Provisional Patent Applications

A provisional application is a patent application, which establishes an official United States patent application filing date for the invention and permits the term “Patent Pending” to be applied in connection with the invention. Under United States patent law, a provisional application for patent is a type of national application for patent filed in the United States Patent and Trademark Office, but which does not mature into an issued patent unless further steps are taken by the applicant.

It is a patent application with a specification, i.e. a description, and optional drawing(s) of an invention, but does not require a formal patent claims, inventors’ oaths or declarations, or any information disclosure statement (IDS). Furthermore, because no examination of the patentability of the application in view of the prior art is performed, the U.S. Patent and Trademark Office fee for filing a provisional patent application is significantly lower than the fee required to file a standard non-provisional patent application. A provisional patent application can establish an early effective filing date in one or more continuing patent applications later claiming the priority date of an invention disclosed in earlier provisional applications by one or more of the same inventors.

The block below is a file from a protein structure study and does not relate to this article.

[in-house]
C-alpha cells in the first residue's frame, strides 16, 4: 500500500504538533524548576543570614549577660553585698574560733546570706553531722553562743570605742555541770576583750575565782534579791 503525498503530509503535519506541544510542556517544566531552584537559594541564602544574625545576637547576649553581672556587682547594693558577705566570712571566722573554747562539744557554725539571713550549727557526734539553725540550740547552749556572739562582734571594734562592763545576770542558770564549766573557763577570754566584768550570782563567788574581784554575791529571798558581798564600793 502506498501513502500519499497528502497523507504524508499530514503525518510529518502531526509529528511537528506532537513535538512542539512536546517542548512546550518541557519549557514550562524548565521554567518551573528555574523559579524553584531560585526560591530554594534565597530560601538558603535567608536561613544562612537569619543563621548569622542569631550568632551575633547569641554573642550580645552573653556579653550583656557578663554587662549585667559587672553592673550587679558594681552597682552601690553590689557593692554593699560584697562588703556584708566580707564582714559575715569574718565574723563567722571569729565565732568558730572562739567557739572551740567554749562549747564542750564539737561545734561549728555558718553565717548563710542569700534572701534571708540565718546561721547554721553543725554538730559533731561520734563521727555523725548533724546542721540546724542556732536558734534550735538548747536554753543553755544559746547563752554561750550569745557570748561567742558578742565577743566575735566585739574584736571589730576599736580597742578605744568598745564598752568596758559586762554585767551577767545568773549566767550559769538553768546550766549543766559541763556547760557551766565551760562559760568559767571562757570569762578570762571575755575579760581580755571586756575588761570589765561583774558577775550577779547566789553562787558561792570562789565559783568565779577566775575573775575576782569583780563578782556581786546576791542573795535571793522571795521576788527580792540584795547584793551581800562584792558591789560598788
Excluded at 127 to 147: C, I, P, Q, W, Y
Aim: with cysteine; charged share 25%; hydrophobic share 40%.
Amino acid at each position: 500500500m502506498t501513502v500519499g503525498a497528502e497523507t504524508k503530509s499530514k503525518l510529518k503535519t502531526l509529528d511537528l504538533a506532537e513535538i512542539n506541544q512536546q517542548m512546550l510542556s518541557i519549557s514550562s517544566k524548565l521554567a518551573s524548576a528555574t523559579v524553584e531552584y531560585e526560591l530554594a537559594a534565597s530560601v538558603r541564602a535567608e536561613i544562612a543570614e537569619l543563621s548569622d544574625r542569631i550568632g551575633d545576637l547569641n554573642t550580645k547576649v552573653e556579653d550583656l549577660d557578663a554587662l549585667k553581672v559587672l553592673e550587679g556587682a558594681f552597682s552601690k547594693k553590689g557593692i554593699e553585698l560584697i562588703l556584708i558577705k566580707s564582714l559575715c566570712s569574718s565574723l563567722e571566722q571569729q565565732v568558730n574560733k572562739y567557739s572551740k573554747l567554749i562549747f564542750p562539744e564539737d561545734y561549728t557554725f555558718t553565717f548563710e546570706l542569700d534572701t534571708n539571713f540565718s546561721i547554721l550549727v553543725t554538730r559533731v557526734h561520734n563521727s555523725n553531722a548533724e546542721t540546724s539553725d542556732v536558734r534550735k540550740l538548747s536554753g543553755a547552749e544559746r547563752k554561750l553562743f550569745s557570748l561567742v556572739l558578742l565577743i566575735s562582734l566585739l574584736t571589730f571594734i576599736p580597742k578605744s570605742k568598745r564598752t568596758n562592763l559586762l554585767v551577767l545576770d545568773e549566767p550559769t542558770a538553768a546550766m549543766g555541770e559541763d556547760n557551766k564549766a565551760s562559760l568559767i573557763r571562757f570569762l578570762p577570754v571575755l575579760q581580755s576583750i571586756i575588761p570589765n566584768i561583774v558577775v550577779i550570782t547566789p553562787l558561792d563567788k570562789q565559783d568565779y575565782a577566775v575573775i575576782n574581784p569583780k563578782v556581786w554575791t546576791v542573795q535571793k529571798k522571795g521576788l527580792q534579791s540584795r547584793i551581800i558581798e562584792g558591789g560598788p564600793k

One popular use of a provisional application is to document and “lock in” potential patent rights while attempting to obtain sponsors for further development (and for more expensive patent applications). This tactic may permit an inventor to defer major patent application costs until the commercial viability (or futility) of the invention becomes apparent. However, wise investors consider provisional applications in view of the long road to potential patentability, not to mention the limitations that may be defined by the prior art.

A provisional application automatically becomes abandoned when its pendency expires 12 months after the provisional application filing date by operation of law. Applicants must file a non-provisional application claiming benefit of the earlier provisional application filing date in the U.S. Patent and Trademark Office before the provisional application pendency period expires in order to preserve any benefit from the provisional-application filing.